We study the effects and welfare implications of labor market policies that counteract the economic fall out from containment policies during an epidemic. We incorporate a standard epidemiological model into an equilibrium search model of the labor market to compare unemployment insurance (UI) expansions and payroll subsidies. In isolation, payroll subsidies that preserve match capital and enable a swift economic recovery are preferred over a cost-equivalent UI expansion. When considered jointly, however, a cost-equivalent optimal mix allocates 20 percent of the budget to payroll subsidies and 80 percent to UI. The two policies are complementary, catering to different rungs of the productivity ladder. The small share of payroll subsidies is sufficient to preserve high-productivity jobs, but leaves room for social assistance to workers who face inevitable job loss.
Unemployment inflows have declined sharply since the 1980s while unemployment outflows have remained mostly steady despite a rise in workers' applications over time. Using a random search model of multiple applications with costly information, we show how rising applications incentivize more firms to acquire information, improving the realized distribution of match qualities. Higher concentrations of high productivity matches reduce the incidence of endogenous separations, causing unemployment inflow rates to fall. Quantitatively, our model replicates the relative change in inflow and outflow rates as well as the decline in acceptance rates, job offers and the rise in reservation wages.
In October 1979, Federal Reserve Chairman Paul Volcker persuaded his FOMC colleagues to adopt a new policy framework that i) accepted responsibility for controlling inflation and ii) implemented new operating procedures to control the growth of monetary aggregates in an effort to restore price stability. These moves were strongly supported by monetarist-oriented economists, including the leadership and staff of the Federal Reserve Bank of St. Louis. The next three years saw inflation peak and then fall sharply, but also two recessions and considerable volatility in interest rates and money supply growth rates. This article reviews the episode through the lens of speeches and FOMC meeting statements of Volcker and St. Louis Fed president Lawrence Roos, and articles by Roos’ staff. The FOMC adopted monetarist principles to establish the Fed’s anti-inflation credibility but Volcker was willing to accept deviations of money growth from the FOMC’s targets, unlike Roos, who viewed the targets as sacrosanct. The FOMC abandoned monetary aggregates in October 1982, but preserved the Fed’s commitment to price stability. The episode illustrates how Volcker used a change in operating procedures to alter policy fundamentally, and later adapt the procedures to changed circumstances without abandoning the foundational features of the policy.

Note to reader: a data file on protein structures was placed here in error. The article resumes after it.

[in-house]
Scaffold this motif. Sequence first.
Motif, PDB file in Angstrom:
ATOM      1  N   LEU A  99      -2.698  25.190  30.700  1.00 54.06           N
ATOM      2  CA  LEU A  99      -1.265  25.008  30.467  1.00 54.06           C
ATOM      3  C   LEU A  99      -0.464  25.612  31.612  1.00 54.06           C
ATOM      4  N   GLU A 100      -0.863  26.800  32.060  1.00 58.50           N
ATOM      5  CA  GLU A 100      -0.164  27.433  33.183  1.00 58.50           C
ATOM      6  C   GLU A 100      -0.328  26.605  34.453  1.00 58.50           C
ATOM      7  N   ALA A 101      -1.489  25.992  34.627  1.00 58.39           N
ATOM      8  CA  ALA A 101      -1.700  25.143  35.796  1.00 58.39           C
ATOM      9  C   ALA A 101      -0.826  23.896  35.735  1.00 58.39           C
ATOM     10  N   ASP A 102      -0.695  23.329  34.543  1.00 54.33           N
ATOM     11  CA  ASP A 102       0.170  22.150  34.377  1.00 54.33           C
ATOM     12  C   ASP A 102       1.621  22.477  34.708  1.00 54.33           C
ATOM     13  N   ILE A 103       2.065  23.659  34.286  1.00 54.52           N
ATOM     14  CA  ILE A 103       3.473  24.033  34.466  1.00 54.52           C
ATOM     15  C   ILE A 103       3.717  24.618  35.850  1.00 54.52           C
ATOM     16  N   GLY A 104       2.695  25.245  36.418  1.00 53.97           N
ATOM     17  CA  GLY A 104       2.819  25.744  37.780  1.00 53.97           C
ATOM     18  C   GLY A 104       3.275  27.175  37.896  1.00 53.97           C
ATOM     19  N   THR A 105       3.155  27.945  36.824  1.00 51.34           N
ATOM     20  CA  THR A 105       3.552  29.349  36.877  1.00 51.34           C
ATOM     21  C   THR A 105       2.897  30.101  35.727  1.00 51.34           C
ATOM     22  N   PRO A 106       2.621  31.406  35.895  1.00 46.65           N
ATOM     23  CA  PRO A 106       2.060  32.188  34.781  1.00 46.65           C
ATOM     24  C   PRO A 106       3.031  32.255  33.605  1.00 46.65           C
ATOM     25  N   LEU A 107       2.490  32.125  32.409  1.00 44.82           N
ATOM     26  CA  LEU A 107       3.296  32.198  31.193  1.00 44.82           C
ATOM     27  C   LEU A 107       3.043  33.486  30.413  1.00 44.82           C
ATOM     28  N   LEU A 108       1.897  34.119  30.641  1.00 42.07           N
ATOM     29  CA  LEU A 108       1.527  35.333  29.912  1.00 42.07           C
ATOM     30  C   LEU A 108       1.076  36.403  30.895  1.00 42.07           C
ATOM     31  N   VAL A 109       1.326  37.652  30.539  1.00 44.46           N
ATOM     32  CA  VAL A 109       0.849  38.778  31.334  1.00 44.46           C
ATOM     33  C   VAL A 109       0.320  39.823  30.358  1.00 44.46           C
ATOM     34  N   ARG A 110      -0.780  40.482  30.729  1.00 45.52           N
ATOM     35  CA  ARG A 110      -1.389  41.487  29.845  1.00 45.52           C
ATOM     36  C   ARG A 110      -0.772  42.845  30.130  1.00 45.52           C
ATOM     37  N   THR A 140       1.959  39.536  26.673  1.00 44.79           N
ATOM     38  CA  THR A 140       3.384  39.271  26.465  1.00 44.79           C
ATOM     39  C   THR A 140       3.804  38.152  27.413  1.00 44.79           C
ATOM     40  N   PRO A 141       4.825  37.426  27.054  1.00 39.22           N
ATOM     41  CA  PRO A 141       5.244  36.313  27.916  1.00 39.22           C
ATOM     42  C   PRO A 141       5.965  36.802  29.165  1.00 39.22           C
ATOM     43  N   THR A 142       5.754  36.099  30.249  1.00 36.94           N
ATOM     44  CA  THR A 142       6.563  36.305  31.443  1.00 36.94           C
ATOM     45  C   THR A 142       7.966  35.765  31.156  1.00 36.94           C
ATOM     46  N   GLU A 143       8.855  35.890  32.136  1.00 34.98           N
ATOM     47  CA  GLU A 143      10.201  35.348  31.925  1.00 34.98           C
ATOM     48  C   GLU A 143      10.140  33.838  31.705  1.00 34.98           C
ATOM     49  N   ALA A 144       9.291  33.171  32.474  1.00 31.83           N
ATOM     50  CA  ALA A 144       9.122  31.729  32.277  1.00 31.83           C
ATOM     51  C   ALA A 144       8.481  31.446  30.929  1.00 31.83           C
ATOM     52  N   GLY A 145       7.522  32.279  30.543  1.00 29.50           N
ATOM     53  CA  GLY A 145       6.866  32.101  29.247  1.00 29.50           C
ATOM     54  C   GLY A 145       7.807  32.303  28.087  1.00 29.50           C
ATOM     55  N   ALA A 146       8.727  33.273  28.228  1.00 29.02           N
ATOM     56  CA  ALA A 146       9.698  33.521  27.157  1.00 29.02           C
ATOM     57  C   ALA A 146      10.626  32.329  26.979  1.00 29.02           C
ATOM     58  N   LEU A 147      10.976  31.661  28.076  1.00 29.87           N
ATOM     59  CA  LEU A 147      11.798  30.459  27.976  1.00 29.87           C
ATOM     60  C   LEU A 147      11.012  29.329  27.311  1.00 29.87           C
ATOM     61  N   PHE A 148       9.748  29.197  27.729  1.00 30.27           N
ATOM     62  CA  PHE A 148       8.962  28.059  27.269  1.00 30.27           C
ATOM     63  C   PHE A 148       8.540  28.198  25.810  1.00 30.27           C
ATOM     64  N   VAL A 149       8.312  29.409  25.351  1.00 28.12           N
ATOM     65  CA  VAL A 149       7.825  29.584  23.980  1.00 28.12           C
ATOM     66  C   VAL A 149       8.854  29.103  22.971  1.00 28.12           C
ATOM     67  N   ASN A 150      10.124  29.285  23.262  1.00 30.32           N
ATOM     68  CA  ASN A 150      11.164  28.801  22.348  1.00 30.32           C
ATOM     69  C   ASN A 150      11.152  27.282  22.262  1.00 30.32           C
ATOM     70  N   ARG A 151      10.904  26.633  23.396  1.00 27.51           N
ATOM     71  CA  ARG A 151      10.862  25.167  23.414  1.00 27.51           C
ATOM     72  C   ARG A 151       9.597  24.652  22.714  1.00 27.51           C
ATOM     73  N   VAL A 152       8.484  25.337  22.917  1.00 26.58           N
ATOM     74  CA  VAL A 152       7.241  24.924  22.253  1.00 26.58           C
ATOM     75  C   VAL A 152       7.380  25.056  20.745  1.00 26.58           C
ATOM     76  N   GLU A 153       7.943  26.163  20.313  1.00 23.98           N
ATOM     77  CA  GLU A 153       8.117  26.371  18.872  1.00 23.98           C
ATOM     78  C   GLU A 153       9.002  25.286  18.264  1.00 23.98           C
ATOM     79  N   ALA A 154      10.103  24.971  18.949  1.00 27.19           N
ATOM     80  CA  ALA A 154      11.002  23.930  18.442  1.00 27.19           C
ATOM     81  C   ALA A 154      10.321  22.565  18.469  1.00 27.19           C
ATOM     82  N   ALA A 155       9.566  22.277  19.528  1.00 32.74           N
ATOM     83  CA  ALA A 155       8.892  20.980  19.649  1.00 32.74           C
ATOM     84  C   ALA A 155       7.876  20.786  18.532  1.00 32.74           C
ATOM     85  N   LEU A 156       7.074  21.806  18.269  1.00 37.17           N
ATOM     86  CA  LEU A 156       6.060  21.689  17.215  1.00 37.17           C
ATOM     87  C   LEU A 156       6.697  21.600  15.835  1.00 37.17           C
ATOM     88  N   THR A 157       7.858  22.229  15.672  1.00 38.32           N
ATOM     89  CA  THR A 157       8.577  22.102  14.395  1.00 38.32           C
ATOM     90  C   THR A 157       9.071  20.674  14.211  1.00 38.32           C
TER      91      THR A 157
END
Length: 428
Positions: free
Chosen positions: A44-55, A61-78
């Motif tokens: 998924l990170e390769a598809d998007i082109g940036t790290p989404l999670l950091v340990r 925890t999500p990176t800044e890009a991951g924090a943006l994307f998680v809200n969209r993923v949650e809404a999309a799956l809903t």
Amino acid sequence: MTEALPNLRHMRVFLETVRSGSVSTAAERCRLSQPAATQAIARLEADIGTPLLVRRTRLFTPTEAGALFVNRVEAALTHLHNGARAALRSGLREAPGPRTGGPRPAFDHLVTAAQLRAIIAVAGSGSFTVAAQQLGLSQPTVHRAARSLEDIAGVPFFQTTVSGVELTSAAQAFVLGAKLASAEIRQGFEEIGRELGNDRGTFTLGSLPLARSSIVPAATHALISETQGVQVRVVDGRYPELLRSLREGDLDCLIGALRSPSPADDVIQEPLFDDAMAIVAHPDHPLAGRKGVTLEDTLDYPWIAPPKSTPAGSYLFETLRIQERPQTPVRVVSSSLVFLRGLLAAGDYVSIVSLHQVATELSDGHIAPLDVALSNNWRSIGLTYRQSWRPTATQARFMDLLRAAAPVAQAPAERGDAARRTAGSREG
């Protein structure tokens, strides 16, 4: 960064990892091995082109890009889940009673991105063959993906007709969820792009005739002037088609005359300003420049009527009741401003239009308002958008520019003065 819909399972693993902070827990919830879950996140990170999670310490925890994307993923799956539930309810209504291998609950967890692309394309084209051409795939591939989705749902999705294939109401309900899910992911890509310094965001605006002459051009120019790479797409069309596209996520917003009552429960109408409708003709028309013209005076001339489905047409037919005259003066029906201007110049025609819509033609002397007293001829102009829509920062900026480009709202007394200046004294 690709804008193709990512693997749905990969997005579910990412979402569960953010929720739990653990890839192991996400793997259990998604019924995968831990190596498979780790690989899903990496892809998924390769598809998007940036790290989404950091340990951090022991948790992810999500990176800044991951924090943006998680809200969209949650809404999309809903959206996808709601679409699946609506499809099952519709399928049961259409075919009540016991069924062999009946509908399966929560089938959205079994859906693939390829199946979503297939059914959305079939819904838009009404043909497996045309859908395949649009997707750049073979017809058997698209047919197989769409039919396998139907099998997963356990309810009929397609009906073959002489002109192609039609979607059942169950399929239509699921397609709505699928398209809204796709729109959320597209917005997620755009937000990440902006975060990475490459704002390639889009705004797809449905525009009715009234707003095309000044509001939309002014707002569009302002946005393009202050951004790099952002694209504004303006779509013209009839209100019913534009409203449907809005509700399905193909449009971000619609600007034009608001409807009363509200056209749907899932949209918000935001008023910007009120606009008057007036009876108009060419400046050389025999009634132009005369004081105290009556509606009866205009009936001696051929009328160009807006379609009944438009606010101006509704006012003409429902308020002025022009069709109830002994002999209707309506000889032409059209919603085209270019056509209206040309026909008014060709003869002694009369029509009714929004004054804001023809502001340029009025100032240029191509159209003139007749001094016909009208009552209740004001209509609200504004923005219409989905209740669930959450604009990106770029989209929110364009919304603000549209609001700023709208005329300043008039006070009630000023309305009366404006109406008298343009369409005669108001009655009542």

We use an incomplete markets economy to quantify the distribution of welfare gains and losses of the US "Volcker" disinflation. In the long run households prefer low inflation, but disinflation requires a transition period and a redistribution from net nominal borrowers to net nominal savers. Even with perfectly flexible prices, welfare costs may be significant for households with nominal liabilities. When calibrated to match the micro and macro moments of the early 1980s high inflation environment, almost half of all borrowers (14 percent of all households) would prefer to avoid the redistribution and equilibrium effects of the disinflation. This share depends negatively on the liquidity value of money and positively on the average duration of nominal borrowing.